Last updated on Apr 9, 2019
Hearing Issues is a new ongoing series where the MDHearingAid team goes in-depth on specific ear problems, hearing issues, and hearing aid terminology. We believe knowledge is power, and our aim is to help all our customers better understand their own hearing health. First up: presbycusis.
Presbycusis is one of the more common types of hearing loss, often referred to as age-related hearing loss. When an older person complains of hearing issues, this is often the kind they’re talking about. Usually, presbycusis affects the higher pitched sounds first, and if not treated, will start affecting the middle to lower sounds, gradually becoming more noticeable over time.
While it’s a complicated issue, your hearing generally worsens as you get older and the hair cell receptors in your ears that are responsible for transmitting the sound also age. However, the amount of hearing you lose is impacted by outside factors.
Presbycusis can also be complicated by your health; risk factors like diabetes, high blood pressure, and smoking can put you in increased danger of losing your hearing. Even some medicines, like Ototoxic medication, can damage your ears and hearing. If you went to a lot of rock concerts in your youth, your risk of hearing loss may be higher, as hereditary factors are exasperated by noise-induced hearing loss that damages the hair cell receptors in your ear.
The tricky thing about this condition is that it’s a very gradual type of hearing loss. You might not be able to notice a big change at first. Too many people sort of notice a change in their hearing, but assume they can “make due for now.” Not only does that ignore the problem, but they’re also in danger of their presbycusis getting worse.
Here are some signs of presbycusis:
Ask yourself, are you having trouble hearing higher pitched sounds, like your grandkids’ voices, your phone ringtone, or your microwave’s timer? Do you feel confused and overwhelmed trying to hear conversations in busy restaurants? If so, then you should get your hearing checked.
The good news is that it’s relatively easy to learn if you have this hearing issue. Hearing clinics and audiologist offices can check for presbycusis and other hearing loss conditions. They can ensure you know the exact state of your hearing health.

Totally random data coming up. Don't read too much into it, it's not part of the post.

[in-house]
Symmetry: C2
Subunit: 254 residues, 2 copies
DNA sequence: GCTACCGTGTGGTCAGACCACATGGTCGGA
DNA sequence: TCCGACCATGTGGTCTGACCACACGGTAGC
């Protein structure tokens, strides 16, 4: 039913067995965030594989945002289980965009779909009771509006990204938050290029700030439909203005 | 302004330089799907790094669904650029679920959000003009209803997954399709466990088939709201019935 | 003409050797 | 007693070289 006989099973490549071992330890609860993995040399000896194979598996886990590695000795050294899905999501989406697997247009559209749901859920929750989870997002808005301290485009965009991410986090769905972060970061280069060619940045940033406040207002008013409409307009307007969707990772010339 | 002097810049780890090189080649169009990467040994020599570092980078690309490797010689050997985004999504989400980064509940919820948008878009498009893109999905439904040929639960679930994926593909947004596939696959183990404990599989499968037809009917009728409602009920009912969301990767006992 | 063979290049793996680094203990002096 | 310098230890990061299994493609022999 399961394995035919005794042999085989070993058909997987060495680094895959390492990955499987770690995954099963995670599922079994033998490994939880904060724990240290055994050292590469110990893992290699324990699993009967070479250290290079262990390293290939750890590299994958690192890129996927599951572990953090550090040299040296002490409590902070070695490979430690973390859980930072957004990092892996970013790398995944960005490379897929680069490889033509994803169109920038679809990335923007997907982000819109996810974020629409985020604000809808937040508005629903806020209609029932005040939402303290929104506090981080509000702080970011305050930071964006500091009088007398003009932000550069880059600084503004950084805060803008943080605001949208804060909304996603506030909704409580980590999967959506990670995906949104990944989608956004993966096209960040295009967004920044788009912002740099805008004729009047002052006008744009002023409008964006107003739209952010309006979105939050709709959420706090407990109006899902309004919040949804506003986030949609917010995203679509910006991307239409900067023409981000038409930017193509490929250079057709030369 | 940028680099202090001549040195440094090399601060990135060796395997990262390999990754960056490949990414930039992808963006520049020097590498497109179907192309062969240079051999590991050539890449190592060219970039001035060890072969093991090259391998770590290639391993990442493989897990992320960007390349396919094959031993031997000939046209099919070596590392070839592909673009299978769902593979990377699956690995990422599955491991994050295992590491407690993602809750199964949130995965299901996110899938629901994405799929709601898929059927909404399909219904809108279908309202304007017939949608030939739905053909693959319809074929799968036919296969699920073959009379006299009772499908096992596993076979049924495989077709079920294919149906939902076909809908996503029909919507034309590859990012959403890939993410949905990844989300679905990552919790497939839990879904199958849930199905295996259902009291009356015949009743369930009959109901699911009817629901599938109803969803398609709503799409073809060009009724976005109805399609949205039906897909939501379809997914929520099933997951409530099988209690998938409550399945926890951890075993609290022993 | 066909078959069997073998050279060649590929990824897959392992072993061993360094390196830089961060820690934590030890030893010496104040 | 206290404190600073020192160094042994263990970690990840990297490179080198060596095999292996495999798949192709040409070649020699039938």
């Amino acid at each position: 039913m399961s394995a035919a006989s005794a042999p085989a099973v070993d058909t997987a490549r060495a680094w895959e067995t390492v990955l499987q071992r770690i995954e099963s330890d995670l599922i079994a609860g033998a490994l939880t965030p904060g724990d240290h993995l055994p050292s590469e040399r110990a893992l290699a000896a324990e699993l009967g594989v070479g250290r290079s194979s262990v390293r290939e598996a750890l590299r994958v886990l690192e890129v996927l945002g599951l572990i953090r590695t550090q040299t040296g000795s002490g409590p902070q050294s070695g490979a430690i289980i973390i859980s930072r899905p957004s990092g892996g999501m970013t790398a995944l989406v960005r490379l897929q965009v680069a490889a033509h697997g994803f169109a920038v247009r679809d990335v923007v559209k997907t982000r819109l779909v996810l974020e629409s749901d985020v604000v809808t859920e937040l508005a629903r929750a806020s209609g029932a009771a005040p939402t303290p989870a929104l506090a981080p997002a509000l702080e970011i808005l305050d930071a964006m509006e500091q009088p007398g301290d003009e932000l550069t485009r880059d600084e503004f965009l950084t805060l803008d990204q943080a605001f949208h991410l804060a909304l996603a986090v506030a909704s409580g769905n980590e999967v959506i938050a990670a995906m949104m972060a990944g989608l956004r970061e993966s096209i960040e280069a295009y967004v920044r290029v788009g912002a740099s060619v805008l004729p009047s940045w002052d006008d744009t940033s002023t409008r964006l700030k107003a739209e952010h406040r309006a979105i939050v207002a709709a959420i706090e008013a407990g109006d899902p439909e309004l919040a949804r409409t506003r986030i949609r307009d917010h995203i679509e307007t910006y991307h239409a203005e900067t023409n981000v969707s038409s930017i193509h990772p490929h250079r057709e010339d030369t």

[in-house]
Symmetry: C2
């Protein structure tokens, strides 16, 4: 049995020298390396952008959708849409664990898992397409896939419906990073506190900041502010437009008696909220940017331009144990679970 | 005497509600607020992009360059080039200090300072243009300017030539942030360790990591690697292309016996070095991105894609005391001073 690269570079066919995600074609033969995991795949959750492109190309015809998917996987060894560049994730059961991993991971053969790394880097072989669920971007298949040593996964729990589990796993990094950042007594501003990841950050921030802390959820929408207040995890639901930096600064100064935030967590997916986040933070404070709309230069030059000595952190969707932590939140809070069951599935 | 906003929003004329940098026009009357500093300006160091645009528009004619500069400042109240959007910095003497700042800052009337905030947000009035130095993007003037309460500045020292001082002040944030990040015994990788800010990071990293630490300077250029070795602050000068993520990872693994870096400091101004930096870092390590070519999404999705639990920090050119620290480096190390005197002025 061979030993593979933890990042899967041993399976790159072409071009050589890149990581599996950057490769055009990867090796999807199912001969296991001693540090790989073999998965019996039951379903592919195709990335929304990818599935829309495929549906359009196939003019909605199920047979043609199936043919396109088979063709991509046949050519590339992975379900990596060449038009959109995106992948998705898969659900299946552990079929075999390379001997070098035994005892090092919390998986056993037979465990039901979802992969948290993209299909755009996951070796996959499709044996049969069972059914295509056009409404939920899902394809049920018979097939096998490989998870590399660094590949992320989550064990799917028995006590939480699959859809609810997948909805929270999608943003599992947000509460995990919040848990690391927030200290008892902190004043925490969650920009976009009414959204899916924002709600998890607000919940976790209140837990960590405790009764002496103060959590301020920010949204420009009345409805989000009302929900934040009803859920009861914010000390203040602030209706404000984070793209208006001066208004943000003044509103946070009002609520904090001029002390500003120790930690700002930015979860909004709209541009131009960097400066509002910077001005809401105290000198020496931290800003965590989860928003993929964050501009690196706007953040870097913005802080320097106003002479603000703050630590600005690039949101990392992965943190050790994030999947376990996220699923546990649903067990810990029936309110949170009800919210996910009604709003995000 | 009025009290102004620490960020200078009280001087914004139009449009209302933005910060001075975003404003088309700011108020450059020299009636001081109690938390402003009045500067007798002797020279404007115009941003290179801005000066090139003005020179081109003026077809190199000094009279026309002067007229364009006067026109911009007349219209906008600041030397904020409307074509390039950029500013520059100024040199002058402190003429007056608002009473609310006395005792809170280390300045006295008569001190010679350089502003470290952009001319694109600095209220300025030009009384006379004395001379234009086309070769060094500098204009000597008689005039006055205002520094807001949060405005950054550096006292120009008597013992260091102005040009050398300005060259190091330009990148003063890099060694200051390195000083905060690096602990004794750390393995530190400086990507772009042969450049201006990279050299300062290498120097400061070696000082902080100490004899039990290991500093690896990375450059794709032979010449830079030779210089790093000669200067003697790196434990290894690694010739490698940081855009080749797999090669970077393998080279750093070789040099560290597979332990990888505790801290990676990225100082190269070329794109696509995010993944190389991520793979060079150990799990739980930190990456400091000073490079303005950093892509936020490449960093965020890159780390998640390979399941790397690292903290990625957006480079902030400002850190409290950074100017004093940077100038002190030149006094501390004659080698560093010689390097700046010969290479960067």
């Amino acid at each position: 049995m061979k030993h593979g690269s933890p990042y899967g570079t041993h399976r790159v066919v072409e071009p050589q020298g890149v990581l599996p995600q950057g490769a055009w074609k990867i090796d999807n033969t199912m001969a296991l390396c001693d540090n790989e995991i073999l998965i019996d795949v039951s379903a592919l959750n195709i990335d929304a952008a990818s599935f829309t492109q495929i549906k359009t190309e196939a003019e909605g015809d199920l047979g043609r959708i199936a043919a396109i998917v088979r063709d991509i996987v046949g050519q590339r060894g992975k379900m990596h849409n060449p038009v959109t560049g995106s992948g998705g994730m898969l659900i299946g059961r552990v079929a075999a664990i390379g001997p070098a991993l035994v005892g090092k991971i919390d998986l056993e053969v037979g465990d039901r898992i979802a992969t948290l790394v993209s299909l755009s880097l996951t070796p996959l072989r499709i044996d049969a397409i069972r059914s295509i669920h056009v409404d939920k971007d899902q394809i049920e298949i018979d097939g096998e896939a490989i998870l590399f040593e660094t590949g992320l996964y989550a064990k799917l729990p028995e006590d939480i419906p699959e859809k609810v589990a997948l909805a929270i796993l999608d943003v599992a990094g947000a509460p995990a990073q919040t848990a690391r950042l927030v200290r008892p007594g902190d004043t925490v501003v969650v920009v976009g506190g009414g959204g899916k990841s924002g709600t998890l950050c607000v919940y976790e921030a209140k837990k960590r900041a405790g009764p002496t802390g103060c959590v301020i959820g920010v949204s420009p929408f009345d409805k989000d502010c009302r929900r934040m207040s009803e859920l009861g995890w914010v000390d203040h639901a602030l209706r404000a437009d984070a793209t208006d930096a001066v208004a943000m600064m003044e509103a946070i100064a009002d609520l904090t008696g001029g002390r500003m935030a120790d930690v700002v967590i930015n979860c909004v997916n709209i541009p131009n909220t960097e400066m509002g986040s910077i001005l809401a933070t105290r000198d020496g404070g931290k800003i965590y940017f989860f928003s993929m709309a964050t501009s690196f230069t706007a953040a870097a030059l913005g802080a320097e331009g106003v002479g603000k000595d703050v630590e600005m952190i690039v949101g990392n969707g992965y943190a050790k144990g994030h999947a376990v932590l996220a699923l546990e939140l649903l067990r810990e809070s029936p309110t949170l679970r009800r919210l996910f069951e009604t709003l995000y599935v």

First, the audiologist will use an otoscope (that special lighted tool that goes into your ear canal) to check for inflammation. If there is inflammation, that could be a sign of infection and you might be referred to an ear, nose, and throat doctor, or possibly be given a prescription or over-the-counter medicine to take care of the issue. The audiologist will also check to see if wax buildup or other blockage is causing your hearing problems — in that case, clearing the blockage should fix the problem.
If inflammation or blockage isn’t the cause, then they can give you a hearing test. Different tones will be played, and you’ll raise your hand or push a button each time you hear them. The test will show which sounds you missed, and the hearing specialist will evaluate which pitches you struggle with the most. If the results of the test (called an audiogram) shows you’re mostly having problems with the higher tones, that is a good indication you have presbycusis.
Unfortunately, presbycusis has no cure. Once your hearing is gone, it’s gone for good. That’s why protecting your hearing is so important. Use ear plugs when using mechanical equipment or in loud environments like concerts. Keep your music at a lower volume, especially if you’re using ear buds. If you already have some hearing loss, taking these precautions can help you protect the hearing you still have.
There are plenty of positive life changes you might already be doing that will protect your hearing. Staying active and eating a balanced diet can strengthen your immune system, which can help protect your ears from infection. Everyone knows smoking is bad for your lungs, but it also impairs your circulatory system, which can contribute to hearing problems.
While some people choose to use personal amplifiers or speech-to-text devices, the most commonly prescribed treatment for presbycusis is getting hearing aids. Hearing aids are comprised of three main parts: microphone, amplifier, and speaker. The amplifier takes the signals picked up by the microphone and filters unwanted sounds, like whistling feedback, wind, and any distracting background noises. This noise filtering is crucial for people with presbycusis who struggle to hear close conversations in noisy spaces.
MDHearingAid offers advanced hearing aid technology that prioritize voices and higher frequencies. Because we’re our own manufacturer, we’re able to cut out the middleman prices of storefront sellers and pass the savings onto our customers. We believe effective, high-quality hearing aids should be affordable for everyone.
We want you to be completely satisfied with your hearing aid experience. That’s why we offer a 45 day risk-free guarantee with every order and comprehensive customer support for the entire life of your hearing aids.
TALK TO OUR HEARING AID SPECIALISTS